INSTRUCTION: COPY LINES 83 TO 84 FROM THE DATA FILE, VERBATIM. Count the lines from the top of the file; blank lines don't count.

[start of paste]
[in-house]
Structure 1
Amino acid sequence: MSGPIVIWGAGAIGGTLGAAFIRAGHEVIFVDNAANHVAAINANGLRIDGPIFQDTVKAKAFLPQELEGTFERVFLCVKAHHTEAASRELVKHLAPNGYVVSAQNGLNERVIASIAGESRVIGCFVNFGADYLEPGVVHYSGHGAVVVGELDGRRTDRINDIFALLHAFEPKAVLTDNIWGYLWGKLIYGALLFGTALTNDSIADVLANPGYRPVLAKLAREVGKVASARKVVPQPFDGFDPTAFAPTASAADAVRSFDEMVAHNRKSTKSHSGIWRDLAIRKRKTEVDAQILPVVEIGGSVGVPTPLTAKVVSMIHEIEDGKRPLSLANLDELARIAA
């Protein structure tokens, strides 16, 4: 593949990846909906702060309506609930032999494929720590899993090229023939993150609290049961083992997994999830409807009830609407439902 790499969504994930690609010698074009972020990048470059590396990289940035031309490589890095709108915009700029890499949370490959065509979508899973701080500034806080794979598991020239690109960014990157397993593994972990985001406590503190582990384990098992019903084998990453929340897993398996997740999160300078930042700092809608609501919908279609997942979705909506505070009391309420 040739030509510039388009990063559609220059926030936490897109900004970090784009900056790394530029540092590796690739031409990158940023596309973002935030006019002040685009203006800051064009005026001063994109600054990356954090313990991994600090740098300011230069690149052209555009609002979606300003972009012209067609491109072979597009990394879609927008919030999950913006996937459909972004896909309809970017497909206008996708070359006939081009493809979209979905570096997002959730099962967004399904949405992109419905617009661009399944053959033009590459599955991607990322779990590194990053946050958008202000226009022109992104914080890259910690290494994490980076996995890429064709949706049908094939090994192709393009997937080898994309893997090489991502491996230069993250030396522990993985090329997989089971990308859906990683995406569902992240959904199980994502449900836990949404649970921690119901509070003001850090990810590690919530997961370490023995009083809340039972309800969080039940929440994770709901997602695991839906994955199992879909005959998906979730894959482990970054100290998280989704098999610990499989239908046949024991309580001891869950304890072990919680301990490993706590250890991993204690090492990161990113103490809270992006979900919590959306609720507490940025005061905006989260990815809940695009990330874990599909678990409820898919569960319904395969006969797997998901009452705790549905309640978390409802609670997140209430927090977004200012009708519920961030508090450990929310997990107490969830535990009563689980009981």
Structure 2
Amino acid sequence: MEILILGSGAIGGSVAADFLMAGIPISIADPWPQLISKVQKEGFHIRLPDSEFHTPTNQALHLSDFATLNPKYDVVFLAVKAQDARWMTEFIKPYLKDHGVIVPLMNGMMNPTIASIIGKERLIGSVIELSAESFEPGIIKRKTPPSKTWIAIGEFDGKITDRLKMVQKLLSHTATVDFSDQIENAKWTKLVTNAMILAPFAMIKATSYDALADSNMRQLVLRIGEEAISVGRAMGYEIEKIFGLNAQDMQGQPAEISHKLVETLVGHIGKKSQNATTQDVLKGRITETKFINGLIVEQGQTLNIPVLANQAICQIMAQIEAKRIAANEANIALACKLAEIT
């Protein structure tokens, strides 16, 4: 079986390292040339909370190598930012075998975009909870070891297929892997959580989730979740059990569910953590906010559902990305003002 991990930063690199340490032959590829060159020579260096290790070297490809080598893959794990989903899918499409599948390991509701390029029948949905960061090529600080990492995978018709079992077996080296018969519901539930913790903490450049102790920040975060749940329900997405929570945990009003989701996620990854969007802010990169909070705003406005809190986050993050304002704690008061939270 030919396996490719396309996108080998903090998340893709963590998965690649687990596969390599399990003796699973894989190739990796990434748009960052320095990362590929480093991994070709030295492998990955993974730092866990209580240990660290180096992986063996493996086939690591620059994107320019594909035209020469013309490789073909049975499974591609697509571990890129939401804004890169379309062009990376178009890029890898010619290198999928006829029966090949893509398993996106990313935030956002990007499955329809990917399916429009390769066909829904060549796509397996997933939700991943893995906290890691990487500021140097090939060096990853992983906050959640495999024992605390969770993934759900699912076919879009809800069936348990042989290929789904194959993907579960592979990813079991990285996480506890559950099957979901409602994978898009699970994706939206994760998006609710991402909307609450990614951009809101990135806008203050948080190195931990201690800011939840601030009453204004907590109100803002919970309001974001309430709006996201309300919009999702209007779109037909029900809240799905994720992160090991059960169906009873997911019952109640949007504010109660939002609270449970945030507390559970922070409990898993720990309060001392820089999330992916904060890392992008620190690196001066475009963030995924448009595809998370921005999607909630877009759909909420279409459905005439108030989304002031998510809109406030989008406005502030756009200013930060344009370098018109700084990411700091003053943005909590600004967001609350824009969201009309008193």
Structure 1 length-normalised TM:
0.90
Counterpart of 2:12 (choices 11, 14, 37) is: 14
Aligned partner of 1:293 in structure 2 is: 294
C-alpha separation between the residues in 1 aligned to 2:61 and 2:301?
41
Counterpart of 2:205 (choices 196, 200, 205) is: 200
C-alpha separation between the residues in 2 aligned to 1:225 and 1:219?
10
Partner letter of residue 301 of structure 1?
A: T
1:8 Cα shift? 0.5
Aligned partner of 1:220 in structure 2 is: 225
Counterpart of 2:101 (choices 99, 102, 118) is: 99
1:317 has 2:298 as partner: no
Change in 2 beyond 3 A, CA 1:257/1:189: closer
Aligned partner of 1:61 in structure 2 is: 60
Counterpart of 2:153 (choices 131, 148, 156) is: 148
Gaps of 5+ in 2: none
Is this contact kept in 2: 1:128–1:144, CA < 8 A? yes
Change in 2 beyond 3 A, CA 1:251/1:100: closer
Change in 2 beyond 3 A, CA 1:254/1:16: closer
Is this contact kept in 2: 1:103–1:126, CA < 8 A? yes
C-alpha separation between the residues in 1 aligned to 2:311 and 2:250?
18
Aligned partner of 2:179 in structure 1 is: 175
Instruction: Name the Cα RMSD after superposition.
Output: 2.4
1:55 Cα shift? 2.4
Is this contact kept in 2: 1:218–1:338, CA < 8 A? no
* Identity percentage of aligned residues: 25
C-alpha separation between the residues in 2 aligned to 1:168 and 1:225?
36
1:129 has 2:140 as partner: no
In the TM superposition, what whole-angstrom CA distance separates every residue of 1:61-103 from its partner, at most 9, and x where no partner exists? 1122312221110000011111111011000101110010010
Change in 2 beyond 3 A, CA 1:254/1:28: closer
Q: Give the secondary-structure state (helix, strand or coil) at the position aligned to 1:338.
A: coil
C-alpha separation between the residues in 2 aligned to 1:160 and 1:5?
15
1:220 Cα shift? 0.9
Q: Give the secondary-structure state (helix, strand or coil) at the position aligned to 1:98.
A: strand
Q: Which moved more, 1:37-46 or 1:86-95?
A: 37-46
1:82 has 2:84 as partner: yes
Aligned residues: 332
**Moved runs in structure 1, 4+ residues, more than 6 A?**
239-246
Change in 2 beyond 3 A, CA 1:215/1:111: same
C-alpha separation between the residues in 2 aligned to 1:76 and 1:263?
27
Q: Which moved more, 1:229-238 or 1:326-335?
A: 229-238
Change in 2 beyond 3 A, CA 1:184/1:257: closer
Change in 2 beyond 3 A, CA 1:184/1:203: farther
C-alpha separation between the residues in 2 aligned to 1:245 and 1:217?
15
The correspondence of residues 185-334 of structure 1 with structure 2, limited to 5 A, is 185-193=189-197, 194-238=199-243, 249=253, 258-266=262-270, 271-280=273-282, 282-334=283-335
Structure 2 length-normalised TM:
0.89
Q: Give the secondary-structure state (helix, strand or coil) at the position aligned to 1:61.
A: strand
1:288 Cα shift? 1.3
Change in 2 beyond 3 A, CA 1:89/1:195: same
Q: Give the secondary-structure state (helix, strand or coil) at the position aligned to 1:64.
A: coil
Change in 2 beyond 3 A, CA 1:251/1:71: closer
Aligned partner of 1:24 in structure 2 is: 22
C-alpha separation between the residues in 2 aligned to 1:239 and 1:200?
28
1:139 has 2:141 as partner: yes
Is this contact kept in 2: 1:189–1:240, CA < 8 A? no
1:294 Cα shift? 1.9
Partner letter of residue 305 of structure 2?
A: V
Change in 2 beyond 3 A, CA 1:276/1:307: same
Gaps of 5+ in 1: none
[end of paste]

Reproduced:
A: V
Change in 2 beyond 3 A, CA 1:276/1:307: same